work in Utah's Ferron coalbed methane (CBM) trend has demonstrated that
seismic can be useful in evaluating CBM plays.
in CBM trends are typically shallow and acoustic impedance contrasts between
the coals and interbedded sandstones are high, making many coalbed methane
plays attractive candidates for seismic study. Although keeping costs
low in these plays is important, 2-D seismic is now relatively inexpensive
to acquire and can help greatly to:
- Establish areal extents
of coal deposits.
- Identify structures that
can enhance permeability.
- Guide stratigraphic and
- High-grade areas for pilot
tests and further development.
- Despite these potential
benefits, seismic is used infrequently in CBM evaluations — but successful
use of seismic in the Ferron play suggests that its value in CBM trends
Ferron Coal Play
One of the most
significant domestic CBM plays has been the Ferron trend along the western
flank of the San Rafael Swell, near the town of Price, Utah (figure
1). In this area, intertonguing coals, sands and shales were deposited
in a fluvial-deltaic environment on the western side of the early Cretaceaous
Interior seaway (figure 2).
on the play's north end, at Drunkards Wash Field in 1992. Since then,
the producing part of the trend has been extended both south and north
and now spans an area about 65 miles long and six to 10 miles wide.
Despite the lateral
extent of known Ferron production, large areas between producing fields
remain undeveloped. Limited well control across these open areas has made
characterizing the extent, thickness, quality and production characteristics
of the coals uncertain, and development has proceeded cautiously.
Coalbed gas contents
also decrease southward in the play and project economics become progressively
leaner. In these areas there is an additional need to focus development
by locating production sweet-spots, or "fairways," quickly.
Because of these
factors, Texaco used seismic to help guide its most recent development
activity in the play.
In two stages
during late 1999, we uniformly reprocessed and interpreted about 140 miles
of 1980's vintage 2-D seismic over the Ferron trend. The first stage was
conducted over the Drunkards Wash Field, where dense well control was
used to determine if seismic could identify the causes of observed production
variations. The second stage was intended to expand what was learned at
Drunkards Wash into the trend's southern parts, where development is much
less complete. Seismic lines from each stage are presented in this article.
in reprocessing was on attention to detail, particularly for imaging shallow
horizons. Changes observed on seismic had to represent true changes in
the Ferron interval, and even subtle features could not be ignored since
they might prove to be important in understanding the stratigraphy.
To achieve reliable
results, only lines with similar acquisition parameters were chosen. Reprocessing
efforts included applying refraction statics, assuring zero-phase data,
detailed velocity analyses, correction of CDP geometry errors, careful
selection of shallow mutes and using improved deconvolution routines.
All steps proved
to be very important in increasing the data's signal to noise ratio, and
in optimizing the quality of shallow reflectors.
The Key Link
The Ferron interval
in the coal-bearing areas is characterized by an upper sandstone, a middle
interval with coal and interbedded siltstones, and a prominent sandstone
at the base known as the Lower Ferron Sandstone. Synthetic seismograms
from this sequence typically show a distinctive pattern (figure
3). A weak reflection peak is generated from the upper Ferron sandstone
due to a low impedance contrast with the overlying siltstones in the Bluegate
Shale member. This is followed by a strong trough (or trough doublet)
produced from relatively thick sections of high-contrast, negative reflection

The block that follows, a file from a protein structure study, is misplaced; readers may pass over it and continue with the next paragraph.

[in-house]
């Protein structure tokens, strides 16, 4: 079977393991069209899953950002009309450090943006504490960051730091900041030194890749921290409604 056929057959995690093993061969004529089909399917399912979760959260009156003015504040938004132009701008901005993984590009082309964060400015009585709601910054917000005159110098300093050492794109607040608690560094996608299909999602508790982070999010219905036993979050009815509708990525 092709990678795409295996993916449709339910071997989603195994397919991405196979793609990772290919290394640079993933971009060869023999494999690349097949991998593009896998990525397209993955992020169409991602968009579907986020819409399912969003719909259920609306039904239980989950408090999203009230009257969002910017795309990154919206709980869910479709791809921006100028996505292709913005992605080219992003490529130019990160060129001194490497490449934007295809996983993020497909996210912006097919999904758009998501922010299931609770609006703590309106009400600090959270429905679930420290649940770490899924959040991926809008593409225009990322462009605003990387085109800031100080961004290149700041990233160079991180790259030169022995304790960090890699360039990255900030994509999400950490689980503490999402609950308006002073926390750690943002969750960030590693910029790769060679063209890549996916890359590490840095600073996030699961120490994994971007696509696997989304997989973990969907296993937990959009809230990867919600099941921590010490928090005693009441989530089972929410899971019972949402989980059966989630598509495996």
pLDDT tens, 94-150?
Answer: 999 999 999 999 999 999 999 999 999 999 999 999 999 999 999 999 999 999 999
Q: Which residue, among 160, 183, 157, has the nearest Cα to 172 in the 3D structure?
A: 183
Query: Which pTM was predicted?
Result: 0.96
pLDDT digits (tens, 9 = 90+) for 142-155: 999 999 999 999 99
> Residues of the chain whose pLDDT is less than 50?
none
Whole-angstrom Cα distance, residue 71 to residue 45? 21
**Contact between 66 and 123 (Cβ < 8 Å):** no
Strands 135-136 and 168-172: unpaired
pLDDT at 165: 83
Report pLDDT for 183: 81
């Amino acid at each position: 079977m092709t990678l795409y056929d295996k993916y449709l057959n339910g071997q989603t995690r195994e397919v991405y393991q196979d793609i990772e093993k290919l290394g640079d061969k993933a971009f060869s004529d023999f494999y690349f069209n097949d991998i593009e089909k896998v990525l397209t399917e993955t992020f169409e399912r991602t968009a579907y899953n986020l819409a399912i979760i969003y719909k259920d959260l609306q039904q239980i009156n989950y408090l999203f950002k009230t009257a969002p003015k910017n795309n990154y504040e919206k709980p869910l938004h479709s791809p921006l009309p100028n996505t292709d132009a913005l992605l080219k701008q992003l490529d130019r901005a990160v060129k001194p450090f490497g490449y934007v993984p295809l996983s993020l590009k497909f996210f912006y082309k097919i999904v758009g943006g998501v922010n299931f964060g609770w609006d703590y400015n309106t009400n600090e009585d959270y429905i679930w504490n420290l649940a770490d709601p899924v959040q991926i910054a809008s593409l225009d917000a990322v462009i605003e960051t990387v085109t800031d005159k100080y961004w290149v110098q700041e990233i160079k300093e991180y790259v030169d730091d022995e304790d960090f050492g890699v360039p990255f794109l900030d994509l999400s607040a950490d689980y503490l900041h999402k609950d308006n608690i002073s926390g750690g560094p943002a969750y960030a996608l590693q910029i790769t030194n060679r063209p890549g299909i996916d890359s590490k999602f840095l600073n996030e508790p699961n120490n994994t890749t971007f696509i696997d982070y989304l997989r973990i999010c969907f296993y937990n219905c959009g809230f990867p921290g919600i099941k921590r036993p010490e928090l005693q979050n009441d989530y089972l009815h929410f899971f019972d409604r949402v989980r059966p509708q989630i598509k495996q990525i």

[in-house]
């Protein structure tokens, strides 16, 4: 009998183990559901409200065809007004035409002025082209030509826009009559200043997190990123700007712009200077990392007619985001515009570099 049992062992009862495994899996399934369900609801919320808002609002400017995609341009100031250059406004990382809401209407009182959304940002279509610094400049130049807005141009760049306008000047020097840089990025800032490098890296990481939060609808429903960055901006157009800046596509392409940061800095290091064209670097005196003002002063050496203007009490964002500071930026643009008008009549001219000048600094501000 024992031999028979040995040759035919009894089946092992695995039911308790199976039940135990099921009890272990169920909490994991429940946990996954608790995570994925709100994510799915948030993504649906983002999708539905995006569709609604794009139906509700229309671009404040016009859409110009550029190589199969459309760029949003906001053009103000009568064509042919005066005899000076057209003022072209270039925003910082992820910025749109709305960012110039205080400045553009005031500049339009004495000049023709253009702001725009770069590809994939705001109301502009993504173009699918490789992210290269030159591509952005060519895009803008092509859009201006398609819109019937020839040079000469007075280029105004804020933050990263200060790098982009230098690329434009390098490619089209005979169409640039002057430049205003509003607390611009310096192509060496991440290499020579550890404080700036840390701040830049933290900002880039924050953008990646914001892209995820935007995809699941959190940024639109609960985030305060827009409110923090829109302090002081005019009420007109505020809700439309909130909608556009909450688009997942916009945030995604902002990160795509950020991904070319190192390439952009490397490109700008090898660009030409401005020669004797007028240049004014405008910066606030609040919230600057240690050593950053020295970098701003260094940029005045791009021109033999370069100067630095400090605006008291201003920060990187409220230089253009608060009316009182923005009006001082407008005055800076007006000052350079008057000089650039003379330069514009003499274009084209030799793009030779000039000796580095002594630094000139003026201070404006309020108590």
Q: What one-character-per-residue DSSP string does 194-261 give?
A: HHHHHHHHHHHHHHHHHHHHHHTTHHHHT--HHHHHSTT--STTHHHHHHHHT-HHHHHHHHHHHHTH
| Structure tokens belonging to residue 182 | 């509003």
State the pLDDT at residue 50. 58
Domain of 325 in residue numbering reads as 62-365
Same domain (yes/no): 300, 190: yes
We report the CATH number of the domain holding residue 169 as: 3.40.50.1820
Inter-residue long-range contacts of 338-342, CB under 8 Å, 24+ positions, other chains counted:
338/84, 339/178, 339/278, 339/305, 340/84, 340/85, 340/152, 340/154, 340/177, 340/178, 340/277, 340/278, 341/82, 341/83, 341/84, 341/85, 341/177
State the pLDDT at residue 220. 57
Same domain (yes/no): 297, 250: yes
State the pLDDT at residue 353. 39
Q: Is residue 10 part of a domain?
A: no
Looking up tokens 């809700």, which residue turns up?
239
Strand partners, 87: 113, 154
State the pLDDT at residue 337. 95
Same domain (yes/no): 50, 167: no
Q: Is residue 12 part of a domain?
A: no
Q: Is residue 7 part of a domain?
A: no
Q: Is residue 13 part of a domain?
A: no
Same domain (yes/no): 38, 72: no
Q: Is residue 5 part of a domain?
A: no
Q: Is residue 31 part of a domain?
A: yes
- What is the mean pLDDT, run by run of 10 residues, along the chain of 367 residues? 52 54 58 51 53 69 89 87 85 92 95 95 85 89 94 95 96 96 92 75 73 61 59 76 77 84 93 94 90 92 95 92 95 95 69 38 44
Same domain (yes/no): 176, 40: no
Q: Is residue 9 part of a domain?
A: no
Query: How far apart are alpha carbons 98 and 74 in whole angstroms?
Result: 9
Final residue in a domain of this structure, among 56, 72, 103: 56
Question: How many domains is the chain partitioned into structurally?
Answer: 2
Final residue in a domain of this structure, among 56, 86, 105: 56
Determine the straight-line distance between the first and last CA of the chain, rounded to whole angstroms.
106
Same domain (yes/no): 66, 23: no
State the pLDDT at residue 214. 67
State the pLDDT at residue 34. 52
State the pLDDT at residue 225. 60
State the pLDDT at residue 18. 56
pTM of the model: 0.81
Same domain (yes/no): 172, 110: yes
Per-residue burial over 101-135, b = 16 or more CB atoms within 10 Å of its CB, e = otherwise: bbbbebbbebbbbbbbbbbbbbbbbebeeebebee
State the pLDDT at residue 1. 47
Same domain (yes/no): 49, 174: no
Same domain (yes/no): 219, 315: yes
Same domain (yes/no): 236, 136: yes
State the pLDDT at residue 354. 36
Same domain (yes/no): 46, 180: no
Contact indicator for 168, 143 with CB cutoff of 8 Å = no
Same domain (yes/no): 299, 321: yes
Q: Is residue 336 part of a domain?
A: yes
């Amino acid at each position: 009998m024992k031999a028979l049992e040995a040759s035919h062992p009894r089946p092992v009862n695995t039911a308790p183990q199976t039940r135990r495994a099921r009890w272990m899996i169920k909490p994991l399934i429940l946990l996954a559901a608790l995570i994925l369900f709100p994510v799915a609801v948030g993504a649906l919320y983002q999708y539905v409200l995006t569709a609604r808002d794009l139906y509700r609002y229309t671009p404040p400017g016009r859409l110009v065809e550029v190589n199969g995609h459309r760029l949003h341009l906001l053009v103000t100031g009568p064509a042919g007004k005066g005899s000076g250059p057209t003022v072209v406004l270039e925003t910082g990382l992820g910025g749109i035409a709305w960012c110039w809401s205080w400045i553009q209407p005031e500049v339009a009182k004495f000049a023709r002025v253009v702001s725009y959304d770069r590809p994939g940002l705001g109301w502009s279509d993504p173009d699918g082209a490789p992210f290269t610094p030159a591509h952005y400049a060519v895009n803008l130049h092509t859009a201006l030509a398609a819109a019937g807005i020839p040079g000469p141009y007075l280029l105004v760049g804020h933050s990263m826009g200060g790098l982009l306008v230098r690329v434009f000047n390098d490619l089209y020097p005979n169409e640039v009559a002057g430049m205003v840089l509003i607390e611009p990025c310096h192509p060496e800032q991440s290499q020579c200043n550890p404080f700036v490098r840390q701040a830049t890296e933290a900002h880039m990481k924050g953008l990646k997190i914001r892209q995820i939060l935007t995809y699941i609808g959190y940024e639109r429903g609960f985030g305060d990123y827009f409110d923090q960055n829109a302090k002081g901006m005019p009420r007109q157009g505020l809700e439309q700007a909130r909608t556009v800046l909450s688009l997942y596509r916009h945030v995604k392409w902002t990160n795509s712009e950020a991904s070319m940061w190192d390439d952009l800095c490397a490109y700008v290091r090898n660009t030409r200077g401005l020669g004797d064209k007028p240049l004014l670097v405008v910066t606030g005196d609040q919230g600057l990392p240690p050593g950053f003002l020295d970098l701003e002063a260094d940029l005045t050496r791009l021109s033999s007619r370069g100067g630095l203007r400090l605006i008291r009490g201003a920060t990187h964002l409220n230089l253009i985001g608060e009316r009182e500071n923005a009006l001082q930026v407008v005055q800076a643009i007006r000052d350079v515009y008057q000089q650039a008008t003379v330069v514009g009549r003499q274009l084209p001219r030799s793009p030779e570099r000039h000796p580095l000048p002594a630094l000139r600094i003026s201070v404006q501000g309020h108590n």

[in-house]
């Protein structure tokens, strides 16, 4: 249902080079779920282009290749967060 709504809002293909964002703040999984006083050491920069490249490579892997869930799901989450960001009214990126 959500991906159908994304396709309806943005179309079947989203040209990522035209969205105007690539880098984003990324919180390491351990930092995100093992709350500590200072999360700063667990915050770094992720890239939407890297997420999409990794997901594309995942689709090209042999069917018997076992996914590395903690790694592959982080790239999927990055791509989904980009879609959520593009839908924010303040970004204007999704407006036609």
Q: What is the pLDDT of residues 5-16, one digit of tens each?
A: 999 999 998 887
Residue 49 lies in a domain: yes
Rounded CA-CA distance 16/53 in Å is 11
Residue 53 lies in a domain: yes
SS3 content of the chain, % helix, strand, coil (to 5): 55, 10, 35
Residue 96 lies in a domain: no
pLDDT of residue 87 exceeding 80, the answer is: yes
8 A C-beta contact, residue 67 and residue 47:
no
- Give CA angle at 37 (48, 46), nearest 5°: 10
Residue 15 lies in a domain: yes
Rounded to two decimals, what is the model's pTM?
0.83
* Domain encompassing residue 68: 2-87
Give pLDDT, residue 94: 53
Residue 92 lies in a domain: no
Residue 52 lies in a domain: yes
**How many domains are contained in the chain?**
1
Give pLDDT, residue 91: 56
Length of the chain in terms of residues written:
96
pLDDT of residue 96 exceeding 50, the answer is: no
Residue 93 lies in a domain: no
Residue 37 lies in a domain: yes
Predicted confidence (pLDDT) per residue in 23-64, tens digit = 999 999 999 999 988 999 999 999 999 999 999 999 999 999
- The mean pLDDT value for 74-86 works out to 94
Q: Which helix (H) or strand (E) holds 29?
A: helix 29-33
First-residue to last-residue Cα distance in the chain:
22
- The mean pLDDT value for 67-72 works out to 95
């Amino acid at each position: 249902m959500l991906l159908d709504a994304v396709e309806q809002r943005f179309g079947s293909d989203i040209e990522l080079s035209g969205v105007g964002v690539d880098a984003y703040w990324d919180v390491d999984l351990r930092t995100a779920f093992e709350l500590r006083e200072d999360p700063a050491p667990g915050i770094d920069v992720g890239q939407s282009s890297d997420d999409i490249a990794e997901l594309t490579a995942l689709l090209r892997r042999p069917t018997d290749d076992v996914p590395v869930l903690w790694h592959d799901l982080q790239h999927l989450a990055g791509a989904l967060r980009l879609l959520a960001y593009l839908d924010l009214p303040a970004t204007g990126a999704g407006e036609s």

coefficient coals immediately below the upper sandstone.
At the interval
base, the tight sandstone of the lower Ferron once again contrasts sharply
with coals, and another high amplitude peak is produced.
Sonic logs were
available from a few wells close to seismic lines in the Drunkards Wash
area, and synthetic seismograms from these matched the newly-reprocessed
seismic quite well. The tool of choice in coal plays is the density log,
however, and nearly all the wells in the field have one of these.
Where wells had
both sonic and density logs, psuedosonic curves created from the density
log produced synthetic seismograms that were nearly identical to those
produced from the sonic log.
is fairly densely developed at 160-acre well spacing. Since the density
logs from these wells could be used reliably to generate synthetics, we
were able to tie many nearby wells into the seismic at closely sampled
points along each line. Stratigraphic and lithologic changes observed
in the wells could then be related directly to changes seen on seismic
with high confidence and little interpolation.
4 shows a series of coincident lines that both demonstrate our results
and show how lithologic and stratigraphic changes seen on well logs in
the Ferron interval translate into changes observed on seismic:
4a is a Gamma Ray/Density-log stratigraphic cross-section constructed
from wells located on the seismic line.
4b is a seismic model constructed from the synthetics generated
from those wells.
4c is the actual seismic line along the same wells.
have been hung on a flattened Lower Ferron sandstone and scaled similarly
so they can be compared with ease and accuracy.
On the west (or
left) side of figure 4, well logs show a thicker
Ferron interval. Individual coal seams occur in groups, forming relatively
thick upper and lower packages. These are resolved as dual high-amplitude
troughs (with maximum negative amplitudes shaded yellow) and are separated
by a peak generated by the intervening siltstones and shales. The last
high-amplitude peak at the interval base is caused by tight Lower Ferron
Moving east along
the line, the coal sections merge and thin, and the intervening siltstone
is lost. Similarly, on the seismic the intervening peak disappears and
coal troughs merge to form a doublet. Amplitudes are observed to diminish
as the section thins and tuning effects cause destructive interference
in the seismic signal.
On the line's
eastern end, there is a facies transition to stacked Ferron shoreline
sandstones and the coals are absent by non-deposition. The seismic interval